Termination: There are normally two types of termination sections within an Employment Agreement – termination without cause and termination with cause.
Termination Without Cause: Pursuant to New York law, a termination without cause provision relegates a physician to “at will employee” status. Unfortunately, an “at will physician-employee” can be terminated at any time for no reason at all. Such physicians have absolutely no recourse, unless the termination is predicated upon illegality (i.e., age, race or gender discrimination).
Termination With Cause: Every employed physician should be careful of this “catchall provision” that allows the employer to terminate the physician if, in the employer’s sole discretion, it is determined that the physician is detrimental to the practice. Such provisions are too subjective and the consequences are too great in that termination under this provision is immediate, and no notice period is required. As a result, such provisions must be removed or an opportunity to cure must be added.
Restrictive Covenants: The restrictive covenant is one of the most litigated issues in the history of employment agreements. The courts in New York, as in most states, do not like to prohibit physicians from offering medical services to patients simply because there is a written employment agreement containing a restriction on the employee’s ability to compete with his or her former employer. New York courts will often be flexible and inventive in finding ways to find the restrictive covenants not binding. However, the courts have held that if the restrictive covenant is deemed to be reasonable, the non-compete provision will be enforced.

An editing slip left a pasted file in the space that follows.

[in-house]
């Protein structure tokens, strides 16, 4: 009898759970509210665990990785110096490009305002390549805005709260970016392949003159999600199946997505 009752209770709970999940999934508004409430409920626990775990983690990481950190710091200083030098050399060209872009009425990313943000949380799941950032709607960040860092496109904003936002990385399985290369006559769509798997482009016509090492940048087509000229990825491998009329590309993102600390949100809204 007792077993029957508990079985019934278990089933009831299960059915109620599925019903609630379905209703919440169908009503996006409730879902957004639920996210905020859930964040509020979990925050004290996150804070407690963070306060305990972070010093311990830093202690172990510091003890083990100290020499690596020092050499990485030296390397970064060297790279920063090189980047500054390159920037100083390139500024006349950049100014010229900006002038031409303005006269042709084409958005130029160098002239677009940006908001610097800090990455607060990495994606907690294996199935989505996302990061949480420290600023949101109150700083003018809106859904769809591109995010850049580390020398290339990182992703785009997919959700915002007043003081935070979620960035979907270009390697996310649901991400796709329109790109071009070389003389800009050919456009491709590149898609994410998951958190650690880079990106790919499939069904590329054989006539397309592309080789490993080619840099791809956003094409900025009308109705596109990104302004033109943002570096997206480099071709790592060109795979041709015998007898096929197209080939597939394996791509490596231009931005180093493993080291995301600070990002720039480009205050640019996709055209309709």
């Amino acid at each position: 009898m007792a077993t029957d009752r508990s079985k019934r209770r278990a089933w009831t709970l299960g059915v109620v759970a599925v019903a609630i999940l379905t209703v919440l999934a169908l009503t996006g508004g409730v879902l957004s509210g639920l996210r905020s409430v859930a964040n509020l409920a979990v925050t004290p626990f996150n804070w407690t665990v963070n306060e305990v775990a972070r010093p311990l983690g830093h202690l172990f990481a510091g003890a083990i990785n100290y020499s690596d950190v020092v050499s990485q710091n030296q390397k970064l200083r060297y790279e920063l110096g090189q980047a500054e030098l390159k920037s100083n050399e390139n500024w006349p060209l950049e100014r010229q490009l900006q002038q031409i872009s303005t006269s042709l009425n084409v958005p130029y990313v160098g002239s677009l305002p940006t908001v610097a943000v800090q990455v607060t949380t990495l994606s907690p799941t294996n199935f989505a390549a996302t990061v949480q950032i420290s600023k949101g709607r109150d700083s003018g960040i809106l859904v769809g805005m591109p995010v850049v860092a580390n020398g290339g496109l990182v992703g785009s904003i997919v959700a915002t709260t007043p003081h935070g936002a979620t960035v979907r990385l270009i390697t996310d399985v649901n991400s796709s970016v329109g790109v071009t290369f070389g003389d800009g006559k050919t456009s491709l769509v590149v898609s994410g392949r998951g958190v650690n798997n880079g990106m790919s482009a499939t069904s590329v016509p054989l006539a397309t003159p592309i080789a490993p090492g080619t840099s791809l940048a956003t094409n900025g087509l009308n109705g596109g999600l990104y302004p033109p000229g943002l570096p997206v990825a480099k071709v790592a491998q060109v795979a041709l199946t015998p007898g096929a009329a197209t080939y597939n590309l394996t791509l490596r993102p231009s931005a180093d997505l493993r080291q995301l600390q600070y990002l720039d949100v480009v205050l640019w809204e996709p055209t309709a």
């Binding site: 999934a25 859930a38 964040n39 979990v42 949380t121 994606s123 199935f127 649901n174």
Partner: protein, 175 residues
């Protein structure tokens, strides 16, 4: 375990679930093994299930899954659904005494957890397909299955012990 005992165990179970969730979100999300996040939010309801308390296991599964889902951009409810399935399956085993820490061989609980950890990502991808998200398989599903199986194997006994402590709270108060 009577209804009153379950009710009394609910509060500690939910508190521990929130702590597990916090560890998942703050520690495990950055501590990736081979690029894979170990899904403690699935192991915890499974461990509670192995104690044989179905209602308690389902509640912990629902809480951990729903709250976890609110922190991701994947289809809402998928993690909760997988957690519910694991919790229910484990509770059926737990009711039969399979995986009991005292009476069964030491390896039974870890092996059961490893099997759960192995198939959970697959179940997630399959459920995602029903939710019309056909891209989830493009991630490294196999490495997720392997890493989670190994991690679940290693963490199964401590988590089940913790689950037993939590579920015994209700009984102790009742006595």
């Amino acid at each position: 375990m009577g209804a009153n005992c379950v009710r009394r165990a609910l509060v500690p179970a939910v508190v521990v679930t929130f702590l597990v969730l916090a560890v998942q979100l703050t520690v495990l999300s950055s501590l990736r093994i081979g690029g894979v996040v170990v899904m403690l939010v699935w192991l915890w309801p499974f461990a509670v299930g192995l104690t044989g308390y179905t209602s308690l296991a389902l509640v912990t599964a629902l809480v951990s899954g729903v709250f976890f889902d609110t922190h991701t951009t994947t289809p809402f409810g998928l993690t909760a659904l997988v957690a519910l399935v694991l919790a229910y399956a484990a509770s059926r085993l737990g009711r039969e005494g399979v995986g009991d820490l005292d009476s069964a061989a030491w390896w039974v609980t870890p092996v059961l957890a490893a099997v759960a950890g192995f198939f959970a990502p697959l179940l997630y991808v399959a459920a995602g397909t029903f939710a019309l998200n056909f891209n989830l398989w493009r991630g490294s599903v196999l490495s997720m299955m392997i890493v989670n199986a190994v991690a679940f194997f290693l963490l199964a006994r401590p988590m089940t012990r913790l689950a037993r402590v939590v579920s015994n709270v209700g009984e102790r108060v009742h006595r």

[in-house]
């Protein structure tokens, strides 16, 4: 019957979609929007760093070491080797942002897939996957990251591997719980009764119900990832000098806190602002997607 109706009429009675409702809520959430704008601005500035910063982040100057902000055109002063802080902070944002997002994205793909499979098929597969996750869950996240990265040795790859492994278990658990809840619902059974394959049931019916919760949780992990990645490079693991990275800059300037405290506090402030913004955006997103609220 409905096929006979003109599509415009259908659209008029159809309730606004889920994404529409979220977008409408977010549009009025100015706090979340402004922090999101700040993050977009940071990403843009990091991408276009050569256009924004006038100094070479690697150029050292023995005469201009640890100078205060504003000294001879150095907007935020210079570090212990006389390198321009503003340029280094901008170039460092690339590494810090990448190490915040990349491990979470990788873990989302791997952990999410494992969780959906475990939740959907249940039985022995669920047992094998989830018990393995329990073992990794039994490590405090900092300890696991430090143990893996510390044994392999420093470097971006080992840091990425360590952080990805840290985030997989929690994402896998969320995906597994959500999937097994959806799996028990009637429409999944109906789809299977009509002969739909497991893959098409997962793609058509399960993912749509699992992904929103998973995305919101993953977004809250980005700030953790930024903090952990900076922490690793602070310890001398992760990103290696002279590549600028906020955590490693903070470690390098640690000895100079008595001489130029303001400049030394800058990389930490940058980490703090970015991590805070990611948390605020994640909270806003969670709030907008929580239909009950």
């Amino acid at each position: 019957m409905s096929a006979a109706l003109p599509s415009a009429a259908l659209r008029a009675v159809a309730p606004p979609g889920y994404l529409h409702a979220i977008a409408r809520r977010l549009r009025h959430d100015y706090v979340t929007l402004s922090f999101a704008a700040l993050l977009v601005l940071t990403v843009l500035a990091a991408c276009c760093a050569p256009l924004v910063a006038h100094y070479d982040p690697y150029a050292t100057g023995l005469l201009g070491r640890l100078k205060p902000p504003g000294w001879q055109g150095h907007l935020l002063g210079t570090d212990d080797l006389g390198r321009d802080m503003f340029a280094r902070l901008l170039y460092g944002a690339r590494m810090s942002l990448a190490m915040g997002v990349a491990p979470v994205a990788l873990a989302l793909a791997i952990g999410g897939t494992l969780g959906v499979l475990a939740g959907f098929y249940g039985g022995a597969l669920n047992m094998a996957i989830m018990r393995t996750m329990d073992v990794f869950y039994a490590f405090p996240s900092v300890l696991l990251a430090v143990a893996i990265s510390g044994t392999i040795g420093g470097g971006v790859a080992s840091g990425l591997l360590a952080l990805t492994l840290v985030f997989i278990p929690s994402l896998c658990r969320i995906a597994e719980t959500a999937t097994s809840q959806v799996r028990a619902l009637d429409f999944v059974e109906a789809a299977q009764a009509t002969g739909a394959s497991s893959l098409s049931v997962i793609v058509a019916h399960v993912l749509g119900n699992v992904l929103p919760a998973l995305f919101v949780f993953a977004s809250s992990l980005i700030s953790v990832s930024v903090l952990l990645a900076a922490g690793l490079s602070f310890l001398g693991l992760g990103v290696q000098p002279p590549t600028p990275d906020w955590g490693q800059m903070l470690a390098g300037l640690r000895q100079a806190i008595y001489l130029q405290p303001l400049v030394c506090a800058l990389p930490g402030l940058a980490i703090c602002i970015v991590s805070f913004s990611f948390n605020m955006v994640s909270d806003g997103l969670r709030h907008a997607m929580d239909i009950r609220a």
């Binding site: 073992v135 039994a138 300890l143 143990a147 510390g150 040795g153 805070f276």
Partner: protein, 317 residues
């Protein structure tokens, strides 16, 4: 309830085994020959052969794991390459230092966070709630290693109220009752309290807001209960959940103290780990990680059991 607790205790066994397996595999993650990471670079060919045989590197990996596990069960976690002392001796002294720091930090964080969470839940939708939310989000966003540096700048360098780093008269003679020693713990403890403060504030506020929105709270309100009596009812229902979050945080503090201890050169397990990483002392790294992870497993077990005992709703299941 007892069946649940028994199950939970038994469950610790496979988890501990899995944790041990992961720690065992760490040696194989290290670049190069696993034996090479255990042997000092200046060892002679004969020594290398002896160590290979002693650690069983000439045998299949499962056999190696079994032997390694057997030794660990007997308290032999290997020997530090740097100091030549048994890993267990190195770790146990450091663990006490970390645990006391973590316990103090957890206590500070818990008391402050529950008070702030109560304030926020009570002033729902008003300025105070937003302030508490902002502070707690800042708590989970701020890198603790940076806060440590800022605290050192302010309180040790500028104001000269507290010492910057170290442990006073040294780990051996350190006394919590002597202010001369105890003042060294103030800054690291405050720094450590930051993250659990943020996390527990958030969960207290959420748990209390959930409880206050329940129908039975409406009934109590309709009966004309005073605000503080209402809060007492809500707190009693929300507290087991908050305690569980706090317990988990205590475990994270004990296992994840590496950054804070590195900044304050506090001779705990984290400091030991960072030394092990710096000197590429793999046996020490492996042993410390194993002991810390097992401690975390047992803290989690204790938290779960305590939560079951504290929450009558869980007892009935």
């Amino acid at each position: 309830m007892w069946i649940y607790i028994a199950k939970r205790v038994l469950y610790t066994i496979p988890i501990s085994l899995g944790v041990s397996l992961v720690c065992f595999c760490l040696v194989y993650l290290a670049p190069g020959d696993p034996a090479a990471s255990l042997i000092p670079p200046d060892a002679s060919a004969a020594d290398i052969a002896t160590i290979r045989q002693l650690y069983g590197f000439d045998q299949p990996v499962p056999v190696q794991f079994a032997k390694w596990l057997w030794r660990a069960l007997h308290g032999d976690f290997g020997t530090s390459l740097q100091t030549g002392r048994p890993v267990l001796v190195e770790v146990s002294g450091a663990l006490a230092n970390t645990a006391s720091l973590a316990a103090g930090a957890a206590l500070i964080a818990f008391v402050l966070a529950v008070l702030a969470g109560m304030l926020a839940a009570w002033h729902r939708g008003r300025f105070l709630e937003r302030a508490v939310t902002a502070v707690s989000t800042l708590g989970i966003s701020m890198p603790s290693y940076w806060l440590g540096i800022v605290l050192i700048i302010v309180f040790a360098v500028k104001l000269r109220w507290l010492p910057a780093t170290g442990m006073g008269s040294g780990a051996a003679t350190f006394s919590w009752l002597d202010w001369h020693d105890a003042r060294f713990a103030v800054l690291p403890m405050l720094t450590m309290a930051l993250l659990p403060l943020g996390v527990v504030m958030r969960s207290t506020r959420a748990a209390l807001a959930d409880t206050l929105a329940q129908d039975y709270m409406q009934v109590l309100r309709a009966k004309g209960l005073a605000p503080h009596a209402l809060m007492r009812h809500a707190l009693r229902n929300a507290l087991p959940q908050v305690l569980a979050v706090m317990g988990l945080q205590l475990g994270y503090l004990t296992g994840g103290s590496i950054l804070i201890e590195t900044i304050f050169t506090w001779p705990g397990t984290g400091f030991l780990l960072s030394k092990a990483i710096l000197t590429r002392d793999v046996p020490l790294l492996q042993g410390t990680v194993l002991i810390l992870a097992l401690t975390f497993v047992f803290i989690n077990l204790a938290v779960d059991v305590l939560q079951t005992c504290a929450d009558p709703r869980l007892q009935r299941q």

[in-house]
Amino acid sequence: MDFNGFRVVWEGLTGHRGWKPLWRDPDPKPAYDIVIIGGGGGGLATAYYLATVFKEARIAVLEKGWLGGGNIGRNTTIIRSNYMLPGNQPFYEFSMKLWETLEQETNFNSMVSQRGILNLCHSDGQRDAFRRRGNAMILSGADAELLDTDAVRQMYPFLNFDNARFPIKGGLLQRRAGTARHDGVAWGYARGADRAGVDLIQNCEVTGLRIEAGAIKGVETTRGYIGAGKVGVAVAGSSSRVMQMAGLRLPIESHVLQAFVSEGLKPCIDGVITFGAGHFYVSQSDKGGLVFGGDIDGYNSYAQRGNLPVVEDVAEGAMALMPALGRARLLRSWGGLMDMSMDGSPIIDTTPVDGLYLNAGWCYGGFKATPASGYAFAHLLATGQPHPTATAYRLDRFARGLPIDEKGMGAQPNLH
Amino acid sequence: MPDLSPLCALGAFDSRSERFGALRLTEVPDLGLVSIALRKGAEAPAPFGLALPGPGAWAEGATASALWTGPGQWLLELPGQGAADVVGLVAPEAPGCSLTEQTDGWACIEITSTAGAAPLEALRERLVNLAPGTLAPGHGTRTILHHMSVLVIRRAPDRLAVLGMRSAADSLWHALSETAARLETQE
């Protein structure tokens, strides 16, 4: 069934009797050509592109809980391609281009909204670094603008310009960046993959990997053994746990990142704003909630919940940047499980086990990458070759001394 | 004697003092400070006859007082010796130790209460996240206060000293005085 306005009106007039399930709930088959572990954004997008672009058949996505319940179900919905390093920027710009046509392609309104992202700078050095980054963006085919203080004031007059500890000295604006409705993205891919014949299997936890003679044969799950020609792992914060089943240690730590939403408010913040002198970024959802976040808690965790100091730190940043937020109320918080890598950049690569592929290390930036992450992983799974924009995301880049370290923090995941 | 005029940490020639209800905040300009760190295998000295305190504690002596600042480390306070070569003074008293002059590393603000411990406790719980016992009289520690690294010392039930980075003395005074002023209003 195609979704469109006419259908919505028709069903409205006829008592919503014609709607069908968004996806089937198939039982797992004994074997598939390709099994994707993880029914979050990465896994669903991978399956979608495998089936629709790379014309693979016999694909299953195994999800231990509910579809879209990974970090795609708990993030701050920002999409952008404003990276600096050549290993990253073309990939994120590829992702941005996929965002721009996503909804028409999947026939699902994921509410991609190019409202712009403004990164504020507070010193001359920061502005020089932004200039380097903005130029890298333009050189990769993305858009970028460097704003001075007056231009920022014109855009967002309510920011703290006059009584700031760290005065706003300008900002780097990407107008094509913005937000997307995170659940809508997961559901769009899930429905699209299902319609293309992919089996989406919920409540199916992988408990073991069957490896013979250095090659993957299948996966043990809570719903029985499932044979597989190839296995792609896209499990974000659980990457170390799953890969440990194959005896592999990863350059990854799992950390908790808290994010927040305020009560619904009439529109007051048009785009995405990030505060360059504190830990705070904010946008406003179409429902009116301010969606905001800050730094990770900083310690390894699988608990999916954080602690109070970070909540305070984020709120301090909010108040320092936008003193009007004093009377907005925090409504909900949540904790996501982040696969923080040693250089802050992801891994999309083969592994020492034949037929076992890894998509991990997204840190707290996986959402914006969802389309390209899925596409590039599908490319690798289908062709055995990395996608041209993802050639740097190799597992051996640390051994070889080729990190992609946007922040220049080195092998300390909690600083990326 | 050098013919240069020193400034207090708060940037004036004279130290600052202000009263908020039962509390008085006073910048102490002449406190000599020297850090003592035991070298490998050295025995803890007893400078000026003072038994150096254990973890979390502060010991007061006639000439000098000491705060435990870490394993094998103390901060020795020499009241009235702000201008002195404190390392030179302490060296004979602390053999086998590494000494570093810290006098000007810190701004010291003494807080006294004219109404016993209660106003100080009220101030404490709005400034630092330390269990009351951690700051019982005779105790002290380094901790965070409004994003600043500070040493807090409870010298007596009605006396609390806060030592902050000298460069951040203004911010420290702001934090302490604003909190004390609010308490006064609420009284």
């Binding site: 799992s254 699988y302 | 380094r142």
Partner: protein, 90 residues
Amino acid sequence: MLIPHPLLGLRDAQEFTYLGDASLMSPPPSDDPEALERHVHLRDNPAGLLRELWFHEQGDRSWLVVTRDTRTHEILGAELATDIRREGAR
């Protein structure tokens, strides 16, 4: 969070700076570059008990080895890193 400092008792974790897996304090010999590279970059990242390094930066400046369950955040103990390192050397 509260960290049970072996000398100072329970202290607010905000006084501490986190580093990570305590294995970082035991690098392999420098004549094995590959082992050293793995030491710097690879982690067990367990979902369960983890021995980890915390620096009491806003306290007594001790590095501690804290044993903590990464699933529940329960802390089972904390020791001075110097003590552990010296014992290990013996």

A restrictive covenant has two elements – Geographic area and time frame. When faced with a restrictive covenant, a physician must consider where they would seek to work, in the (likely) event that they will leave the practice. If the location is within the restricted area, then the restricted area should be negotiated to a smaller region that does not include the future location.
In conclusion, a good contract should be reasonable for both sides. Armed with a fair contract, both parties are on their way to a mutually rewarding and successful future.
About the Author:
Mathew J. Levy, Esq. is a Principal of Weiss Zarett Brofman Sonnenklar & Levy, PC. Mr. Levy is nationally recognized as having extensive experience representing healthcare clients in transactional and regulatory matters. Mr. Levy has particular expertise in advising health care clients with respect to contract issues, business transactions, practice formation, regulatory compliance, mergers & acquisitions, professional discipline, criminal law, healthcare fraud & billing fraud, insurance carrier audits, litigation & arbitration, and asset protection-estate planning. You can reach Mathew Levy at 516-926-3320 or email@example.com.